Ahead of Frozen Four, Michigan finds inspiration in men’s basketball team’s run to final

Defenseman Nicholas Boka practices Wednesday at the Xcel Energy Center (photo: Melissa Wade).

ST. PAUL, Minn. — “At Michigan, it’s football first, basketball second, and hockey third,” notes one Michigan hockey follower on the eve of the Wolverines’ Frozen Four semifinal game against Notre Dame.

And with Michigan basketball coming off a trip to the NCAA championship game (albeit one that resulted in a blowout loss), the hockey team won’t be changing that pecking order. Michigan hockey has already earned nine NCAA titles, more than any other school. A 10th won’t change the fact that the basketball team’s loss to Villanova drew 16 million TV viewers, deemed a ratings disaster, while the high-water mark for hockey over the last 10 years was 717,000 in 2014.

Nonetheless, that doesn’t mean the Wolverines hockey team casts envious, third-banana eyes toward their hoop brethren. Instead, they find inspiration.

“Ann Arbor was pretty crazy and we all got together as a team and watched it,” Tony Calderone says. “There are a lot of similarities [in the teams]. They were underdogs in that tournament and overcame.”

As has the hockey team.

“Seeing the stuff that they did, being unranked in January and then kind of working their way up, was very similar to us,” Hayden Lavigne adds. “[It] showed us we can do the same thing.

“They made it to the finals. That’s our goal right now, just one [game] at a time. And the atmosphere that they brought to Ann Arbor, and the energy that they brought, has translated onto us. It’s a good vibe.

“I’ve had a lot of people after we won regionals — people in class that I don’t even know — come up and congratulate me and say good luck the rest of the way.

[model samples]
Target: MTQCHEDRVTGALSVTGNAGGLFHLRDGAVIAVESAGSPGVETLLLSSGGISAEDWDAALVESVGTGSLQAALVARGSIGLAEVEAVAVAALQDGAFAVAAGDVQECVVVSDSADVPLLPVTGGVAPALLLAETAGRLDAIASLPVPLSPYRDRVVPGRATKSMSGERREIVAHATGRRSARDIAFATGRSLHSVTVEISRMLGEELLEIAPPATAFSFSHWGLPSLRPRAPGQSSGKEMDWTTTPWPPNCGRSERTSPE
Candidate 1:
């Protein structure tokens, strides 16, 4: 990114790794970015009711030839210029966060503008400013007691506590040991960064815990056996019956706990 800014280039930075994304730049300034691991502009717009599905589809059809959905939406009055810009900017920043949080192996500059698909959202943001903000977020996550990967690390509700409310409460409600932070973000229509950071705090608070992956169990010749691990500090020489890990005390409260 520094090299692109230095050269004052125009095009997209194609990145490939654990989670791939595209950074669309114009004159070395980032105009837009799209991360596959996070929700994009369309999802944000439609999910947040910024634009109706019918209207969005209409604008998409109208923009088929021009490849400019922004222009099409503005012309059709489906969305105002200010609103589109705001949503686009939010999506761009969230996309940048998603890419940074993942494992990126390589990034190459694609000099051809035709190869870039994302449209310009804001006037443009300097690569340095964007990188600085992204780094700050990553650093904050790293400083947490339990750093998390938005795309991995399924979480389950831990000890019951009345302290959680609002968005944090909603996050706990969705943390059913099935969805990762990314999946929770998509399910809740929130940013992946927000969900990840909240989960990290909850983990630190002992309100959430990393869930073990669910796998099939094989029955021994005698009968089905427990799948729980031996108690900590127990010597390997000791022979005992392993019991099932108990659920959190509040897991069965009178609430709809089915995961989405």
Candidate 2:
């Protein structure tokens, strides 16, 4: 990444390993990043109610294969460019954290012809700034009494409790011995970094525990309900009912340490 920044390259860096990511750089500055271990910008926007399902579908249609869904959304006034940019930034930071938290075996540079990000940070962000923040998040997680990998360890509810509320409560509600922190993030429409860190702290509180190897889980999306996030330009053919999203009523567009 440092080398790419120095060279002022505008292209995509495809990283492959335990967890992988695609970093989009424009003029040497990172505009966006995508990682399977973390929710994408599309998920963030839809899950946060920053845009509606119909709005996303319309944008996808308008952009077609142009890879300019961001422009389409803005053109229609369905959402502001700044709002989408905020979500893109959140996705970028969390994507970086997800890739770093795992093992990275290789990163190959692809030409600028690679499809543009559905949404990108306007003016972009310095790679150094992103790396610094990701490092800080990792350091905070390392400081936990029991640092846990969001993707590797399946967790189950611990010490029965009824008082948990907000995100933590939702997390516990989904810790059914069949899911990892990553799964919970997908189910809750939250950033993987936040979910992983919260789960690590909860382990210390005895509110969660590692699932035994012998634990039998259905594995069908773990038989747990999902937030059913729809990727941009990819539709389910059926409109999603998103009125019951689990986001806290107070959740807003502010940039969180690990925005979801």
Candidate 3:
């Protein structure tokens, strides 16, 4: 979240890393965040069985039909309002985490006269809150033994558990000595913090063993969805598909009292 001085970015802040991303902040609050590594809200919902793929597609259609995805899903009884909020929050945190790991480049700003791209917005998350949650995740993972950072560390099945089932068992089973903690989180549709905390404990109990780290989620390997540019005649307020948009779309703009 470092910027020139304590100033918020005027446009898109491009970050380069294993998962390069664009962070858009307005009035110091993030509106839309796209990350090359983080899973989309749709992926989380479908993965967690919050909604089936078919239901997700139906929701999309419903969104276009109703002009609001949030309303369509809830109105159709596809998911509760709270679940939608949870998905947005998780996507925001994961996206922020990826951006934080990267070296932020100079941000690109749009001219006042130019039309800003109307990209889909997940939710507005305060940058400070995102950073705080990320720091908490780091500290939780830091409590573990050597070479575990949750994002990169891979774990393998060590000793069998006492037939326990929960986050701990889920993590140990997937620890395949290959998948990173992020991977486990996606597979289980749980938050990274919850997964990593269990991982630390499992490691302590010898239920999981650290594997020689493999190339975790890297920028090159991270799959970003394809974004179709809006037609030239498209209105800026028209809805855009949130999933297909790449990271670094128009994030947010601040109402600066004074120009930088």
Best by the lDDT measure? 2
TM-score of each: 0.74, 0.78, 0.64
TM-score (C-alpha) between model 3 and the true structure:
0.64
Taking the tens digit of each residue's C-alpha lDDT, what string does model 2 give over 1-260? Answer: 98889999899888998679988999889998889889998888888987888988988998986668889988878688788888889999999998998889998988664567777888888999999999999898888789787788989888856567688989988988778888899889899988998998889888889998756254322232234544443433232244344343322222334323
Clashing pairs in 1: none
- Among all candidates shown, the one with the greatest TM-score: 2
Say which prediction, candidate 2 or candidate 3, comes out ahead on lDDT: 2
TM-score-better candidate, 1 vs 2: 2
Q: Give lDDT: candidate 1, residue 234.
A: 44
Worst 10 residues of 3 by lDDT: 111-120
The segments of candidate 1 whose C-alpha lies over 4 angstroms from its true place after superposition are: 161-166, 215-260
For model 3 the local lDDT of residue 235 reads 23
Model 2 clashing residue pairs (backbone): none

“It’s nice to know that you have that support behind you. Whether or not you know them, they’re rooting for you, for the logo and because of who we represent.”

Michigan hockey coach Mel Pearson views the prominence of the Wolverines in the two “big money sports” as an advantage rather than cause for jealousy.

“That only adds to our recruiting,” he says. “That block M, wherever you see it on television, whether it’s the basketball team and the recognition they give to our school [or elsewhere], it just enhances our recruiting.”

Pearson, who in over two decades as a Michigan assistant coach got to know basketball coach John Beilein quite well, still considers him a resource.

“We talk about a lot of things,” Pearson says. “It’s a different sport, but there’s a lot of similarities [in] managing the team: days off, giving them rest, how long are you going to practice, strength and conditioning, all those things.”

So there’s a bond between the Michigan teams, not jealousy-fueled friction.

“We want to win the national championship whether we’re the third-biggest team on campus or the last-biggest team,” Calderone says. “It would be extremely special to be, I guess, the big guys on campus, but we wanted Michigan basketball to win, and we want to see success in all Michigan sports.”